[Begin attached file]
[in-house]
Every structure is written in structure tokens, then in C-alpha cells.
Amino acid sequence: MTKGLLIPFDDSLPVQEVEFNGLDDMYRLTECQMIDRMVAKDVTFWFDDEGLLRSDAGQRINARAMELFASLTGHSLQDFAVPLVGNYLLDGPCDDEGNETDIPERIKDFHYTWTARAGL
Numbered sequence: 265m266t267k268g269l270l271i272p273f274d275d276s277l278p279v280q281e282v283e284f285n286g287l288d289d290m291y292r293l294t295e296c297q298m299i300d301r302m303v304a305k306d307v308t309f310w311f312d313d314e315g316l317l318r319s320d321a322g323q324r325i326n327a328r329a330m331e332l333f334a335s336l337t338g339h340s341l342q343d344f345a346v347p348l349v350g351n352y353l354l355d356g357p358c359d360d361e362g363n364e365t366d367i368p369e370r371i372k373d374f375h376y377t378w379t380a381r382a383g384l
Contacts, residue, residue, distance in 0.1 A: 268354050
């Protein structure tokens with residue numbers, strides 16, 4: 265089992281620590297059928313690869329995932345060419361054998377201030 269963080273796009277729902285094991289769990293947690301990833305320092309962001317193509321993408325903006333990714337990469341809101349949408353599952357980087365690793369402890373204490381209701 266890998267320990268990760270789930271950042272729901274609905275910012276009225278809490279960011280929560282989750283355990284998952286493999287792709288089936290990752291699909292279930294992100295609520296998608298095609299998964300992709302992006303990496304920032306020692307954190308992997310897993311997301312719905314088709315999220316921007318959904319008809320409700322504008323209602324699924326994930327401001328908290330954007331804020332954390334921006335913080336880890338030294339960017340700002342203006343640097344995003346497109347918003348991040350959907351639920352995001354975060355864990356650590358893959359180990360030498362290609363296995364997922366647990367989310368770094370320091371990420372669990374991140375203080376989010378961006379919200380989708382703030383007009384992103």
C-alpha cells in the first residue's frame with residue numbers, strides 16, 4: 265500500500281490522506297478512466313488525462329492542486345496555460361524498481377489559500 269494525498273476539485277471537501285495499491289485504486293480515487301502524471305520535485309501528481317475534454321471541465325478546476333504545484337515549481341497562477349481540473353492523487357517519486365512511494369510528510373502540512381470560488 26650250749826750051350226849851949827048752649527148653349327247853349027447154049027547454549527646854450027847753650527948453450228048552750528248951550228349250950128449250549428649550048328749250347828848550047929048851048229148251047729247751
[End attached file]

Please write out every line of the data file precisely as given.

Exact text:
[in-house]
Every structure is written in structure tokens, then in C-alpha cells.
Amino acid sequence: MTKGLLIPFDDSLPVQEVEFNGLDDMYRLTECQMIDRMVAKDVTFWFDDEGLLRSDAGQRINARAMELFASLTGHSLQDFAVPLVGNYLLDGPCDDEGNETDIPERIKDFHYTWTARAGL
Numbered sequence: 265m266t267k268g269l270l271i272p273f274d275d276s277l278p279v280q281e282v283e284f285n286g287l288d289d290m291y292r293l294t295e296c297q298m299i300d301r302m303v304a305k306d307v308t309f310w311f312d313d314e315g316l317l318r319s320d321a322g323q324r325i326n327a328r329a330m331e332l333f334a335s336l337t338g339h340s341l342q343d344f345a346v347p348l349v350g351n352y353l354l355d356g357p358c359d360d361e362g363n364e365t366d367i368p369e370r371i372k373d374f375h376y377t378w379t380a381r382a383g384l
Contacts, residue, residue, distance in 0.1 A: 268354050
């Protein structure tokens with residue numbers, strides 16, 4: 265089992281620590297059928313690869329995932345060419361054998377201030 269963080273796009277729902285094991289769990293947690301990833305320092309962001317193509321993408325903006333990714337990469341809101349949408353599952357980087365690793369402890373204490381209701 266890998267320990268990760270789930271950042272729901274609905275910012276009225278809490279960011280929560282989750283355990284998952286493999287792709288089936290990752291699909292279930294992100295609520296998608298095609299998964300992709302992006303990496304920032306020692307954190308992997310897993311997301312719905314088709315999220316921007318959904319008809320409700322504008323209602324699924326994930327401001328908290330954007331804020332954390334921006335913080336880890338030294339960017340700002342203006343640097344995003346497109347918003348991040350959907351639920352995001354975060355864990356650590358893959359180990360030498362290609363296995364997922366647990367989310368770094370320091371990420372669990374991140375203080376989010378961006379919200380989708382703030383007009384992103």
C-alpha cells in the first residue's frame with residue numbers, strides 16, 4: 265500500500281490522506297478512466313488525462329492542486345496555460361524498481377489559500 269494525498273476539485277471537501285495499491289485504486293480515487301502524471305520535485309501528481317475534454321471541465325478546476333504545484337515549481341497562477349481540473353492523487357517519486365512511494369510528510373502540512381470560488 26650250749826750051350226849851949827048752649527148653349327247853349027447154049027547454549527646854450027847753650527948453450228048552750528248951550228349250950128449250549428649550048328749250347828848550047929048851048229148251047729247751